bezosfordishThe New York Times’ expose of brutal working conditions at Amazon drew attacks over the weekend (here, here, here, here, here, via The Digital Reader—along with a memo from Jeff Bezos).

I’ll still side with the Times. The defenses tended to center around individuals’ experiences. Keep in mind, too, that a techie manager’s opinion of Amazon might differ from a grunt-level marketer’s. Guess which kind of human Bezos values more.

Beyond that, ask yourself: “Why wasn’t the Times flooded immediately with comments from recent Amazon alumni who loved the place?” Yes, flooded.

To reply to the “We’ve changed” argument, let’s see the paperwork. Did Amazon’s HR people or others write up a whole series of memos urging the company to be just a tad kinder to ingrates who took time out to care for sick parents? Or who actually had the temerity to develop breast cancer? Or who inconsiderately vacationed in places with bad Net connections?

What’s really scary is that some executives in corporate America may react to the Times story the way certain young sleazes did to the movie Wall Street—by dreaming of becoming Gordon “Greed Is Good” Gekko.

Thank, you, thank you, New York Times, for telling us in such depth about Jeff Bezos’s Amazon culture. I want to be like Jeff and pals! First step will be to set up a Stasi-style system where employees can rat on each other.

Of course, a counter-argument could be just as unnerving: Hey, it’s already happened. Is Amazon really that special?

At any rate, the harm is not just to Amazon employees and their families. Amazon is growing rapidly in Seattle. Given Amazon’s workaholism, will the city become less civic-minded—as people fixate so much on their work and devote less time to local civic organizations or politics?  And what about U.S. cities elsewhere? Haven’t business values already elbowed aside traditional civic values and the Golden Rule in general, on too many occasions?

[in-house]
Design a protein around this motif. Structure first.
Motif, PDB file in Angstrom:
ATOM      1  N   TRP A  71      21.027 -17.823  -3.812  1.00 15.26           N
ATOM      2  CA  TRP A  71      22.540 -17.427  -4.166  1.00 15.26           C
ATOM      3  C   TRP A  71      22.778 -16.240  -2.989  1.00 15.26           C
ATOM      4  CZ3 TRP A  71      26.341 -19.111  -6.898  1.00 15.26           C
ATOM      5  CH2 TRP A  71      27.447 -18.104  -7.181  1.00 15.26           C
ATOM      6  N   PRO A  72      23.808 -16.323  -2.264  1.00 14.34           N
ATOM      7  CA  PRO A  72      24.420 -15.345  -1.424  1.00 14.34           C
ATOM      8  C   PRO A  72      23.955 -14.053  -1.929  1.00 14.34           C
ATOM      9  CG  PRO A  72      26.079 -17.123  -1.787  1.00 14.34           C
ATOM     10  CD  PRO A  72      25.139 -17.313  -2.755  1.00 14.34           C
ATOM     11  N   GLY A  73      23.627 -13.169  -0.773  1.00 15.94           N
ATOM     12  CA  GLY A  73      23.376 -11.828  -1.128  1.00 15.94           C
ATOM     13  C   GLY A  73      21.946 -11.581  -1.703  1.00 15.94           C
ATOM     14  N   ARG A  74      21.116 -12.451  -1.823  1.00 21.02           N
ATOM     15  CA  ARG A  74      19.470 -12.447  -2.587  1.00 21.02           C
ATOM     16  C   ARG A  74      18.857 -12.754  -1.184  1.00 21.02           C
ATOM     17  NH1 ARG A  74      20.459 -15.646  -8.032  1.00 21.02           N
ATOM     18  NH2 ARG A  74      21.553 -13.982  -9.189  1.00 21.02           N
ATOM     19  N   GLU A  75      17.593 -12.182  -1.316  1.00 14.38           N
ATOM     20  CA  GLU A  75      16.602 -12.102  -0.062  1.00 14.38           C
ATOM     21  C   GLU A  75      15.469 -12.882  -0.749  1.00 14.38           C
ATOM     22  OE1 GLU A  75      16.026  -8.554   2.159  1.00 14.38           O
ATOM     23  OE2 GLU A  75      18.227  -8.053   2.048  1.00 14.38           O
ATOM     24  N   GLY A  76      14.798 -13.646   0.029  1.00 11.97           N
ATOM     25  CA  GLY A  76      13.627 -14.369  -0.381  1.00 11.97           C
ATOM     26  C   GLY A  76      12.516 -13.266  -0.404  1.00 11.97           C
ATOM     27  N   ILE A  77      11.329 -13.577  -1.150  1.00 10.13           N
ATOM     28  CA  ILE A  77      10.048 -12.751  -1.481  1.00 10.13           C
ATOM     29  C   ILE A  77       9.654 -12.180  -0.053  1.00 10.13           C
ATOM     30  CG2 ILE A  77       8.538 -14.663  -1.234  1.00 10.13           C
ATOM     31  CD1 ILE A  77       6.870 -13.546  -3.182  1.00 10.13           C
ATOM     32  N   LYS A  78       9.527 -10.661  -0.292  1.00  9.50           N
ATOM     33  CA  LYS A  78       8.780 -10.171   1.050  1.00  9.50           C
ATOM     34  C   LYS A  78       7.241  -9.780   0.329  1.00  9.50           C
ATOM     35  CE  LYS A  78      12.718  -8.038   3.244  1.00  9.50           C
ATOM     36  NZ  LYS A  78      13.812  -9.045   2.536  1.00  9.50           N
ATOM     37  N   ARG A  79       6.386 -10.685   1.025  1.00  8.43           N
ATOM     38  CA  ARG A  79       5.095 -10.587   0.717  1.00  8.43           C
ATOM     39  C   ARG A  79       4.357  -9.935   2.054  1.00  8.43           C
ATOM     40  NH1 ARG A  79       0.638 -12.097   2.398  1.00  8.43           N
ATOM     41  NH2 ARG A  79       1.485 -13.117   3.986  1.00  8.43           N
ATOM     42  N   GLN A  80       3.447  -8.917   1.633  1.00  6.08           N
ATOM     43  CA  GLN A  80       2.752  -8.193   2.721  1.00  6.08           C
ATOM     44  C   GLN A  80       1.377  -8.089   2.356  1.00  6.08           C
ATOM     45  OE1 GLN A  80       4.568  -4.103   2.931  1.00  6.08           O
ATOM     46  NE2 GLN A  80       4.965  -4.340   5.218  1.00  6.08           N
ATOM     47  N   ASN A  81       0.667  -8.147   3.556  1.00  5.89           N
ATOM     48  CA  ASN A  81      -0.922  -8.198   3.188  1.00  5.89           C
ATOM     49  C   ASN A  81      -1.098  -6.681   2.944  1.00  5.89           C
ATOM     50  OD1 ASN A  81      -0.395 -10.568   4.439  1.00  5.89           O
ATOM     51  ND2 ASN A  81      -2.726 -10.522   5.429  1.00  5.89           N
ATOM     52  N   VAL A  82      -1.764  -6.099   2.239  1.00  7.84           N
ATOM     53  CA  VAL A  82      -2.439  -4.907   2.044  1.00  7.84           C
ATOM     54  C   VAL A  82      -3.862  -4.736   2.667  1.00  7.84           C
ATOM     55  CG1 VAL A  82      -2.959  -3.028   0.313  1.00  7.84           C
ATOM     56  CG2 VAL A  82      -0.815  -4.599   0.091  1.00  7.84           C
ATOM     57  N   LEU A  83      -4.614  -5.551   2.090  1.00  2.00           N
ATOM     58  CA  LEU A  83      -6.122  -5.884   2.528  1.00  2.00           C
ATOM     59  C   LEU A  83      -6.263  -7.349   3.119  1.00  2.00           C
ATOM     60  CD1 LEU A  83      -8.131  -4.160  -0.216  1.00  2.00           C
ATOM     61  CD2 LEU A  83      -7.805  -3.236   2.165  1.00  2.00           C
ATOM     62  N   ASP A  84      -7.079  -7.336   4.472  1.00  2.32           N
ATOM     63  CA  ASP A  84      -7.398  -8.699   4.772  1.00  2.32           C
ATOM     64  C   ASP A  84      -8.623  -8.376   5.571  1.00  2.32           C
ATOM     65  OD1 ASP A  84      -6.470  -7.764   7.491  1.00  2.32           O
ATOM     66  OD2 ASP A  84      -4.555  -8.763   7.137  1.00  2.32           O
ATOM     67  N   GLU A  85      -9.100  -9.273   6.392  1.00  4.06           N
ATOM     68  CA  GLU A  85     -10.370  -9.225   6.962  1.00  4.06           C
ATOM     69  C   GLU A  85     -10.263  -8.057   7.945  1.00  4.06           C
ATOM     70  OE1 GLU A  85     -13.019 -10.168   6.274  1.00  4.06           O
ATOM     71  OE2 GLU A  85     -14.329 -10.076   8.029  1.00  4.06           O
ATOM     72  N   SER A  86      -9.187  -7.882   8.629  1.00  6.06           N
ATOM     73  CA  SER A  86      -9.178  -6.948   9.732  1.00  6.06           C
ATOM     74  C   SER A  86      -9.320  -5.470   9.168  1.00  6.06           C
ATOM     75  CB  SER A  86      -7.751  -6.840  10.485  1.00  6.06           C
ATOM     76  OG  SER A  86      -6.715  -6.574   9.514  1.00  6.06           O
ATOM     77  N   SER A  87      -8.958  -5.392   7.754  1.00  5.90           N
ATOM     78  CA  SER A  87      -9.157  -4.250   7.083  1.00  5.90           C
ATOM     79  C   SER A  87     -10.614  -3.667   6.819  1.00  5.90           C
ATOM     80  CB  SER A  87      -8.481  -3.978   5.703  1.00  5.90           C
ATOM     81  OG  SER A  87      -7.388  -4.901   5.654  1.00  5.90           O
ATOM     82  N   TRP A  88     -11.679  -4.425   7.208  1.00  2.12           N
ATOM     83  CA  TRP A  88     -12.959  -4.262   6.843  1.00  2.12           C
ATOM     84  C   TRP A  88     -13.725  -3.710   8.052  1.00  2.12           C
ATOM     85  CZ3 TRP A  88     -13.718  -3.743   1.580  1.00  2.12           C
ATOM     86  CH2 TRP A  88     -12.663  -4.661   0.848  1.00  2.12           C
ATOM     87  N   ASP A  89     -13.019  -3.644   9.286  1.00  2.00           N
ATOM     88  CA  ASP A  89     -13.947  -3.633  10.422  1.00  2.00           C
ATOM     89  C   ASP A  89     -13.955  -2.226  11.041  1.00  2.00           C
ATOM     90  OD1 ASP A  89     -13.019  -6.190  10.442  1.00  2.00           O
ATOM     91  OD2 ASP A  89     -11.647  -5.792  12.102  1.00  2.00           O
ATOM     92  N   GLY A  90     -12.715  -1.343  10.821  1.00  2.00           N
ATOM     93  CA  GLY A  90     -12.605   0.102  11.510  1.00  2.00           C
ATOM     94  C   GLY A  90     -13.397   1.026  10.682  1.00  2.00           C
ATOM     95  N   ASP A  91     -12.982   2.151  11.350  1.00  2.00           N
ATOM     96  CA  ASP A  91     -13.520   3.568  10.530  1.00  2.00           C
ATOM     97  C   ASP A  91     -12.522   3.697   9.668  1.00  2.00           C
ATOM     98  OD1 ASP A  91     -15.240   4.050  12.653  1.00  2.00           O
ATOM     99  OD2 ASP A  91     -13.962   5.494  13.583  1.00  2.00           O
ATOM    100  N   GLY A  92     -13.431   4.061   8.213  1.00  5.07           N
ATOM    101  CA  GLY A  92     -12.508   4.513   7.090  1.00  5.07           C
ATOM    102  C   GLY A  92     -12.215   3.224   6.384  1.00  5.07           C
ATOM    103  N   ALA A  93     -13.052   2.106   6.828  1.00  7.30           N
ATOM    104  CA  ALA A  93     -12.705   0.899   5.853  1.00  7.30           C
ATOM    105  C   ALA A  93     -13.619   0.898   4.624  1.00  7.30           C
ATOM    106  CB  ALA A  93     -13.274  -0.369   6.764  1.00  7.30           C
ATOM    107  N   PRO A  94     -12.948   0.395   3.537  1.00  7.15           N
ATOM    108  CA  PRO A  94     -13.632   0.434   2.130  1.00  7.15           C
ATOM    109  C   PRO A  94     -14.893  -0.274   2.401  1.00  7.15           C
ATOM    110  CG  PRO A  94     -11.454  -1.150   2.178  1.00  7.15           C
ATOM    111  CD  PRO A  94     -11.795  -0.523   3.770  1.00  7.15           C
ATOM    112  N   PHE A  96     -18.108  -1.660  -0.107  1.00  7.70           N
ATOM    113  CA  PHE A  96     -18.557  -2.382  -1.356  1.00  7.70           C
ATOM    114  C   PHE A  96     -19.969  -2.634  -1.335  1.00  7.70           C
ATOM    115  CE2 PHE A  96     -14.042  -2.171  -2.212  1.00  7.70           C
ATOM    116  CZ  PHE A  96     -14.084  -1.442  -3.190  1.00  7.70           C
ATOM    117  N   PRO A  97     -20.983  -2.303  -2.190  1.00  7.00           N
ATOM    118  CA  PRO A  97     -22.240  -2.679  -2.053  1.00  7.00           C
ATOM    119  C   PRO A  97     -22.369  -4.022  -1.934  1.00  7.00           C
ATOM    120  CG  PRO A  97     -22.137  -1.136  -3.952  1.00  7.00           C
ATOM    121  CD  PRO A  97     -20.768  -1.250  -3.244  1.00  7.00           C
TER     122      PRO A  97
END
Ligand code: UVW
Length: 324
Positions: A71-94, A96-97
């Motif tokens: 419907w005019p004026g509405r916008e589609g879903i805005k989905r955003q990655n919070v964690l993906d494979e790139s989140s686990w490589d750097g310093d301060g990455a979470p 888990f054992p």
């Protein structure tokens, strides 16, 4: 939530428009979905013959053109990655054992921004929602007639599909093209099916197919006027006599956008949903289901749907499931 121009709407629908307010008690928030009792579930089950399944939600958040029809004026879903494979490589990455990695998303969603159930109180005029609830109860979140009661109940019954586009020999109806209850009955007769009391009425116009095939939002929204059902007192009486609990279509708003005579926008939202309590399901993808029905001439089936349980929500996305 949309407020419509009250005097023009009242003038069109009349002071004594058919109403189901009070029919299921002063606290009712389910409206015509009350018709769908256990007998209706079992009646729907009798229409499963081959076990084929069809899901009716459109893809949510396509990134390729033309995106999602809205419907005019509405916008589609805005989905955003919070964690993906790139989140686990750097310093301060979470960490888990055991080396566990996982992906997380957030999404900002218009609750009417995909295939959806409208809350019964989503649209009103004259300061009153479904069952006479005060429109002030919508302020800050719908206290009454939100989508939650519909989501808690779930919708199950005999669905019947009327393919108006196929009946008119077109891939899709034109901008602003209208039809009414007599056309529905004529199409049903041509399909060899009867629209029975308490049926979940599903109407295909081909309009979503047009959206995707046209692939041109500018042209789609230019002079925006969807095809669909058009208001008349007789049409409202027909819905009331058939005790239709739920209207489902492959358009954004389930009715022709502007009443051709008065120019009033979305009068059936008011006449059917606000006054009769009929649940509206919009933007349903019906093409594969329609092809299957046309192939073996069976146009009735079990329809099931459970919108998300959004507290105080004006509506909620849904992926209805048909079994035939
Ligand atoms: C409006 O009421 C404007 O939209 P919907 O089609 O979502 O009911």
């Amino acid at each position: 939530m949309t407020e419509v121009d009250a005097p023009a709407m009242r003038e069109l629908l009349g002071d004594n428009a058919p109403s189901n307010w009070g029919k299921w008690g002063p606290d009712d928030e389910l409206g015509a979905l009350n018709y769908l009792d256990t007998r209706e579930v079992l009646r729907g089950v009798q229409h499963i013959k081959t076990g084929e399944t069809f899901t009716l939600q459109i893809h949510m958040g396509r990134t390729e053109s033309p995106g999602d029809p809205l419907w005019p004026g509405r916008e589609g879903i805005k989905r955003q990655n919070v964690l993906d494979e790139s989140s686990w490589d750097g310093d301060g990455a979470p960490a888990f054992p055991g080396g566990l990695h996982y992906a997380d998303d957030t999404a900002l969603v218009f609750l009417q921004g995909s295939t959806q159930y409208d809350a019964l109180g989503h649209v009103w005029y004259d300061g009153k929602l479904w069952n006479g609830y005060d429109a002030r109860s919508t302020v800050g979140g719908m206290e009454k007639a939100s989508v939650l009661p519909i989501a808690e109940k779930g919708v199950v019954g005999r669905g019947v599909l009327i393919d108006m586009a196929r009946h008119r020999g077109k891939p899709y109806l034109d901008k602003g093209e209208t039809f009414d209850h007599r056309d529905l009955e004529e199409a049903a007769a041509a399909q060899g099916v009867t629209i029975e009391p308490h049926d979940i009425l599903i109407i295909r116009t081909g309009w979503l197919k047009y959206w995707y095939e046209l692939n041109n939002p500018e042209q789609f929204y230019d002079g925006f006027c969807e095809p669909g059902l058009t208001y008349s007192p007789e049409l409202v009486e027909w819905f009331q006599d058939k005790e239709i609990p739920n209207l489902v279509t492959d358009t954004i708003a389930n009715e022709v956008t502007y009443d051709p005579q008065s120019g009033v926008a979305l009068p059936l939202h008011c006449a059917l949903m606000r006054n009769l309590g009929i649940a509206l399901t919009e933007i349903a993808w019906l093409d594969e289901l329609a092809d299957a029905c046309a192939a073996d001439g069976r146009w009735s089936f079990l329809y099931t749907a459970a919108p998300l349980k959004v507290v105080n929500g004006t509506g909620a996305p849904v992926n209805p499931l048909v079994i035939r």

Standard reminder: I’m a capitalist and a huge fan of Amazon’s positives, such as innovation and great e-reader hardware (despite issues such as limited font selections and lack of text to speech in recent E Ink machines). I have sided with the company in its dispute with large publishers. I just call ‘em as I see ‘em.


  1. Amazon has a policy to fire its bottom 10% of performers no matter how well they are performing. In the same presentation the person said they had 5000 unfilled development positions, but could only fill about 500 per year due to the rigorous hiring process. Someone in the audience told the person they should check their math because with the 10% policy they will NEVER fill all the open positions.

    Long story short, don’t work at Amazon. There are plenty of better tech firms out there.

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